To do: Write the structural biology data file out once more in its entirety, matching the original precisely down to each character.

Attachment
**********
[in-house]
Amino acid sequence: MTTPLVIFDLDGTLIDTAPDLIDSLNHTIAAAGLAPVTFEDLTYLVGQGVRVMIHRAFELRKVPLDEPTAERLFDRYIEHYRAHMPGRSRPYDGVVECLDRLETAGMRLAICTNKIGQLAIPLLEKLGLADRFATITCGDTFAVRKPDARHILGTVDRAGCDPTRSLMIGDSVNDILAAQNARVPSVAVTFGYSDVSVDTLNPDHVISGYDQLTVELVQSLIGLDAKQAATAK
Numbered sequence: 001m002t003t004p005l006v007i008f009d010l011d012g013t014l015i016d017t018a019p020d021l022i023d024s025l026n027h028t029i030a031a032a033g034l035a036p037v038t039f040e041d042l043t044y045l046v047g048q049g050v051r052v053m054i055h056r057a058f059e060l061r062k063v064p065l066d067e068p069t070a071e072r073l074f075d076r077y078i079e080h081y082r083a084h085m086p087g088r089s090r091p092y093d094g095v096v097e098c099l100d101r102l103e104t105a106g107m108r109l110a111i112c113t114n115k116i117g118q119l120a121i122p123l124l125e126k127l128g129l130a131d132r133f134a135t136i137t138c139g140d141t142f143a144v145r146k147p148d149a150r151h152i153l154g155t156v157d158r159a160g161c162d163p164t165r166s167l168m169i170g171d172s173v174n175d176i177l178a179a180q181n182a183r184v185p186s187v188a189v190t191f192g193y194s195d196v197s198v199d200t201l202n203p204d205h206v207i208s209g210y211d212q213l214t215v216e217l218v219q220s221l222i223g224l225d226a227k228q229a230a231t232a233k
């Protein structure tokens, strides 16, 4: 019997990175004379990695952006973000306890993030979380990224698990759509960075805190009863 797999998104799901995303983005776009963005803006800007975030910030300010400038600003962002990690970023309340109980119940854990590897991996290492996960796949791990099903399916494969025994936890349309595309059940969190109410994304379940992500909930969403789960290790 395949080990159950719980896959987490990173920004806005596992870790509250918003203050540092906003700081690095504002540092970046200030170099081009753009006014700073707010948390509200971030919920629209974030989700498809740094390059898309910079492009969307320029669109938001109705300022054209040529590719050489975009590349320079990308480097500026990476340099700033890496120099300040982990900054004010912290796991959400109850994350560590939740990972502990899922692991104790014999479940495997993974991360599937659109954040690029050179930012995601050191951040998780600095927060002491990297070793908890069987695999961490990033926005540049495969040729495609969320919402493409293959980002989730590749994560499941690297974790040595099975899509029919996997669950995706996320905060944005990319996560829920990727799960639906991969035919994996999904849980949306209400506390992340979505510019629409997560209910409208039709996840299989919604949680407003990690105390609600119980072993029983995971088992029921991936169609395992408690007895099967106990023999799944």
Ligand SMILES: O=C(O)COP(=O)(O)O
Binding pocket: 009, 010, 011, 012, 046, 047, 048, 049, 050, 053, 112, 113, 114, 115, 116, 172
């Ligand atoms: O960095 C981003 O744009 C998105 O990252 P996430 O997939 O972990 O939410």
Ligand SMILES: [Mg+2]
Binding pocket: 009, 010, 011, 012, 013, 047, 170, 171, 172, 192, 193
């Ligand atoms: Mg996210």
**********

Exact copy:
[in-house]
Amino acid sequence: MTTPLVIFDLDGTLIDTAPDLIDSLNHTIAAAGLAPVTFEDLTYLVGQGVRVMIHRAFELRKVPLDEPTAERLFDRYIEHYRAHMPGRSRPYDGVVECLDRLETAGMRLAICTNKIGQLAIPLLEKLGLADRFATITCGDTFAVRKPDARHILGTVDRAGCDPTRSLMIGDSVNDILAAQNARVPSVAVTFGYSDVSVDTLNPDHVISGYDQLTVELVQSLIGLDAKQAATAK
Numbered sequence: 001m002t003t004p005l006v007i008f009d010l011d012g013t014l015i016d017t018a019p020d021l022i023d024s025l026n027h028t029i030a031a032a033g034l035a036p037v038t039f040e041d042l043t044y045l046v047g048q049g050v051r052v053m054i055h056r057a058f059e060l061r062k063v064p065l066d067e068p069t070a071e072r073l074f075d076r077y078i079e080h081y082r083a084h085m086p087g088r089s090r091p092y093d094g095v096v097e098c099l100d101r102l103e104t105a106g107m108r109l110a111i112c113t114n115k116i117g118q119l120a121i122p123l124l125e126k127l128g129l130a131d132r133f134a135t136i137t138c139g140d141t142f143a144v145r146k147p148d149a150r151h152i153l154g155t156v157d158r159a160g161c162d163p164t165r166s167l168m169i170g171d172s173v174n175d176i177l178a179a180q181n182a183r184v185p186s187v188a189v190t191f192g193y194s195d196v197s198v199d200t201l202n203p204d205h206v207i208s209g210y211d212q213l214t215v216e217l218v219q220s221l222i223g224l225d226a227k228q229a230a231t232a233k
């Protein structure tokens, strides 16, 4: 019997990175004379990695952006973000306890993030979380990224698990759509960075805190009863 797999998104799901995303983005776009963005803006800007975030910030300010400038600003962002990690970023309340109980119940854990590897991996290492996960796949791990099903399916494969025994936890349309595309059940969190109410994304379940992500909930969403789960290790 395949080990159950719980896959987490990173920004806005596992870790509250918003203050540092906003700081690095504002540092970046200030170099081009753009006014700073707010948390509200971030919920629209974030989700498809740094390059898309910079492009969307320029669109938001109705300022054209040529590719050489975009590349320079990308480097500026990476340099700033890496120099300040982990900054004010912290796991959400109850994350560590939740990972502990899922692991104790014999479940495997993974991360599937659109954040690029050179930012995601050191951040998780600095927060002491990297070793908890069987695999961490990033926005540049495969040729495609969320919402493409293959980002989730590749994560499941690297974790040595099975899509029919996997669950995706996320905060944005990319996560829920990727799960639906991969035919994996999904849980949306209400506390992340979505510019629409997560209910409208039709996840299989919604949680407003990690105390609600119980072993029983995971088992029921991936169609395992408690007895099967106990023999799944």
Ligand SMILES: O=C(O)COP(=O)(O)O
Binding pocket: 009, 010, 011, 012, 046, 047, 048, 049, 050, 053, 112, 113, 114, 115, 116, 172
């Ligand atoms: O960095 C981003 O744009 C998105 O990252 P996430 O997939 O972990 O939410």
Ligand SMILES: [Mg+2]
Binding pocket: 009, 010, 011, 012, 013, 047, 170, 171, 172, 192, 193
């Ligand atoms: Mg996210």